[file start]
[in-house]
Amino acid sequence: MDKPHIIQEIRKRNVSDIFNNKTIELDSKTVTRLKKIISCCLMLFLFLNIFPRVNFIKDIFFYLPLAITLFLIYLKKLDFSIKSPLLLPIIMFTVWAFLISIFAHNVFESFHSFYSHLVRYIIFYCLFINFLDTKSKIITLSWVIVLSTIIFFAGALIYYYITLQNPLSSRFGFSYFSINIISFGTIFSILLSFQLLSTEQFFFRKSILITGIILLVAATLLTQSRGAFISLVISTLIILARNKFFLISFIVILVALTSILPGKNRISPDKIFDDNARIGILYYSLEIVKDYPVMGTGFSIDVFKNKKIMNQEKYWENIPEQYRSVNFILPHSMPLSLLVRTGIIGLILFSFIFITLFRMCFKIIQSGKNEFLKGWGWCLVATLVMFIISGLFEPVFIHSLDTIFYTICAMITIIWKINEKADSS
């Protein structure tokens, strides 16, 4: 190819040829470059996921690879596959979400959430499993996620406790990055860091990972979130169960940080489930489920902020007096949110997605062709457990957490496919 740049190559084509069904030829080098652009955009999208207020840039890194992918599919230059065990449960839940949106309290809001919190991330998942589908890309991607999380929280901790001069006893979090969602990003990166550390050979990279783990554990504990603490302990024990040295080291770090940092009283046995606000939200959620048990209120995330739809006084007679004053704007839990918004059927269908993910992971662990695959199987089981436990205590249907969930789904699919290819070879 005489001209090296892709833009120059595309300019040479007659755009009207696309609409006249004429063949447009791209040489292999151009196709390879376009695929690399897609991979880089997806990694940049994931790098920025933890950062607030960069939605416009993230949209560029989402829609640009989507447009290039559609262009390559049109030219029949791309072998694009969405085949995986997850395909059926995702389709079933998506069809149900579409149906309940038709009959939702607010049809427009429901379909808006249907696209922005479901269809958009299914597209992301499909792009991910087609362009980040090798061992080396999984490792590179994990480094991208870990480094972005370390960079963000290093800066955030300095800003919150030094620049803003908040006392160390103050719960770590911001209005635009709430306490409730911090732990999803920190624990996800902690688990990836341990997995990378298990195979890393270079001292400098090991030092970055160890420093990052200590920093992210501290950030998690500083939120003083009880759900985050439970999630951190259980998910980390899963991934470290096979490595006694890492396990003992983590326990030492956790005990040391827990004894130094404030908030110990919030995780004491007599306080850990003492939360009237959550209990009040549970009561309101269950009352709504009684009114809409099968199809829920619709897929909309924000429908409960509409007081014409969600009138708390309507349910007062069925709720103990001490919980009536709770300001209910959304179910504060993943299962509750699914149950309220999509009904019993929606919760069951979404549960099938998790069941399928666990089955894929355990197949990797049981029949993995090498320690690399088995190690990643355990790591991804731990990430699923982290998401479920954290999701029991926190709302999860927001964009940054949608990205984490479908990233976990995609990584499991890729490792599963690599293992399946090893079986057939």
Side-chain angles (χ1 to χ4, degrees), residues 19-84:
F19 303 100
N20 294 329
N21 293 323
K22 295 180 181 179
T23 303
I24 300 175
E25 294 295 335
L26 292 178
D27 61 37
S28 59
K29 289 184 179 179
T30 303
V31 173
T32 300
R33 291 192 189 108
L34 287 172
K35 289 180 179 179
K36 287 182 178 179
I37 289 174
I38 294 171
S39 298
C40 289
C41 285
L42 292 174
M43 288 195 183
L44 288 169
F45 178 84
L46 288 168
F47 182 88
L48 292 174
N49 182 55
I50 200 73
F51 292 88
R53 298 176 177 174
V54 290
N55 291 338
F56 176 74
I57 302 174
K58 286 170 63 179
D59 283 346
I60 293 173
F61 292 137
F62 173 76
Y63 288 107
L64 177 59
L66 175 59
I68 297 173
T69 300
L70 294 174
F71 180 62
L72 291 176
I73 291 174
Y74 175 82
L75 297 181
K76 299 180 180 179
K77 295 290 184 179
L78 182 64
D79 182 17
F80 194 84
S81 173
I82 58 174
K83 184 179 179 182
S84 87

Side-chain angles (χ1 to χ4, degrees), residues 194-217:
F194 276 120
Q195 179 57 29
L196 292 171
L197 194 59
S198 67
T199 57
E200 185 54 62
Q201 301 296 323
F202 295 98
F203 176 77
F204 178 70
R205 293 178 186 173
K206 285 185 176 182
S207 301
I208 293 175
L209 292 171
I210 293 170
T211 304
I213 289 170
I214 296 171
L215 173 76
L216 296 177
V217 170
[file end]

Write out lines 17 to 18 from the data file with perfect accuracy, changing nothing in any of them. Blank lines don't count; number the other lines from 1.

V31 173
T32 300